Overrated Classic: Swann’s Way
via barnesandnoble.com, Vectoroller/shutterstock
Some critics call this heavily autobiographical French novel based on Marcel Proust’s childhood at the turn of the 20th century “unquestionably the best novel ever,” but we draw the line at paragraphs that run on for more than a page. Not to mention sentences so complicated, you practically need a map to get from one end to the other. And how long are you willing to listen to anyone go on about a shell-shaped cookie dipped in tea? (Those are Proust’s famous madeleines.) For more readable books about France around the same time:
- Cheri. “Never once had her young lover caught her untidily dressed, or with her blouse undone, or in her bedroom slippers during the day. ‘Naked, if need be,’ she would say, ‘but squalid, never!'” French writer Colette’s masterpiece about a worldly wise professional mistress whose cougarish affair with a spoiled, much younger man is bound to end in heartbreak for someone…but whom? Colette herself led a fascinatingly free-spirited life that included divorce and a stage career at a time when both were considered scandalous.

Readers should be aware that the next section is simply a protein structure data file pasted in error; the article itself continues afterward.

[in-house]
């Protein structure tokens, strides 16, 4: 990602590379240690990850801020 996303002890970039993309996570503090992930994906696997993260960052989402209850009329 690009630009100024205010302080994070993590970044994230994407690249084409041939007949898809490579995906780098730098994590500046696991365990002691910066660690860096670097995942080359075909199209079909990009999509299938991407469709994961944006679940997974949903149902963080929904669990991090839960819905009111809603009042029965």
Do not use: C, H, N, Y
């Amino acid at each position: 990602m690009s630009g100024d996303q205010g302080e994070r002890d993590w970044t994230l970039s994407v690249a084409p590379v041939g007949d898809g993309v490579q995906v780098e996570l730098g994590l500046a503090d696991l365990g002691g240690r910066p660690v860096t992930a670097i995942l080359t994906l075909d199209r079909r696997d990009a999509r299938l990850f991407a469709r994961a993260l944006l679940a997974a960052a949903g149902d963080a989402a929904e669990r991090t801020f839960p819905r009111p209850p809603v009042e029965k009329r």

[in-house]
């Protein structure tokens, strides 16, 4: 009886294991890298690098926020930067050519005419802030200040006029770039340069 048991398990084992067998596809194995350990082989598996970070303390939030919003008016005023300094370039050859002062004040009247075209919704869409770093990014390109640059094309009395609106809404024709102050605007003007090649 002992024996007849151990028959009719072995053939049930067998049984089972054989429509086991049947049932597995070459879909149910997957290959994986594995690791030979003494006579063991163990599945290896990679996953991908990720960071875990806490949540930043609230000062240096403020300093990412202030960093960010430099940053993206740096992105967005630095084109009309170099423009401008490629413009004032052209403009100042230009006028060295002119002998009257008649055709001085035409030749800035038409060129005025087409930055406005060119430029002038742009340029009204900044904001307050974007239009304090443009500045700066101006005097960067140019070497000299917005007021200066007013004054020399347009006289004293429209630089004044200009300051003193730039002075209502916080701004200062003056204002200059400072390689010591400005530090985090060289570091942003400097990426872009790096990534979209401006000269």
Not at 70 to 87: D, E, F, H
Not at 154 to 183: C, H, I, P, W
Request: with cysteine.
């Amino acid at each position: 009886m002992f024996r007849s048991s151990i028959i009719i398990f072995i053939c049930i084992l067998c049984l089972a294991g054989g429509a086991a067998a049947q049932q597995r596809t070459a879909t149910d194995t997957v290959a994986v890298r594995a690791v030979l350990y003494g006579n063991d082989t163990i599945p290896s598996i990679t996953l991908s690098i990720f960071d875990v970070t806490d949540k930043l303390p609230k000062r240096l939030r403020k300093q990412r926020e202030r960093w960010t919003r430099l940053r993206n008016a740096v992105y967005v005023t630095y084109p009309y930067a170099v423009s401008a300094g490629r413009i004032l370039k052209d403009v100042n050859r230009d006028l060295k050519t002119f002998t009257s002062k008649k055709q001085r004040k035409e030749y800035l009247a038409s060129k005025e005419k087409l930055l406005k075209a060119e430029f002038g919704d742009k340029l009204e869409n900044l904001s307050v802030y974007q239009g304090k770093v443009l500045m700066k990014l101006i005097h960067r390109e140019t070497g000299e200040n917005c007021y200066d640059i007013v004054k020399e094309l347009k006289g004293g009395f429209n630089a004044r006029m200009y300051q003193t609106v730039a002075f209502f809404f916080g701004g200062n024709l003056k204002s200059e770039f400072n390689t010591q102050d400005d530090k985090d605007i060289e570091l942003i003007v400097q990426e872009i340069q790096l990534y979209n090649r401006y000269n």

- A Moveable Feast. If you’ve always hated Hemingway’s terse sentences and macho heroes, you’re in for an exquisite surprise with this tender memoir of his Paris years, circa 1920s. When spring came…there were no problems except where to be happiest. The only thing that could spoil a day was people and if you could keep from making engagements, each day had no limits. People were always the limiters of happiness except for the very few that were as good as spring itself.” Hemingway was so young here, he was still on his first marriage. (He had four.)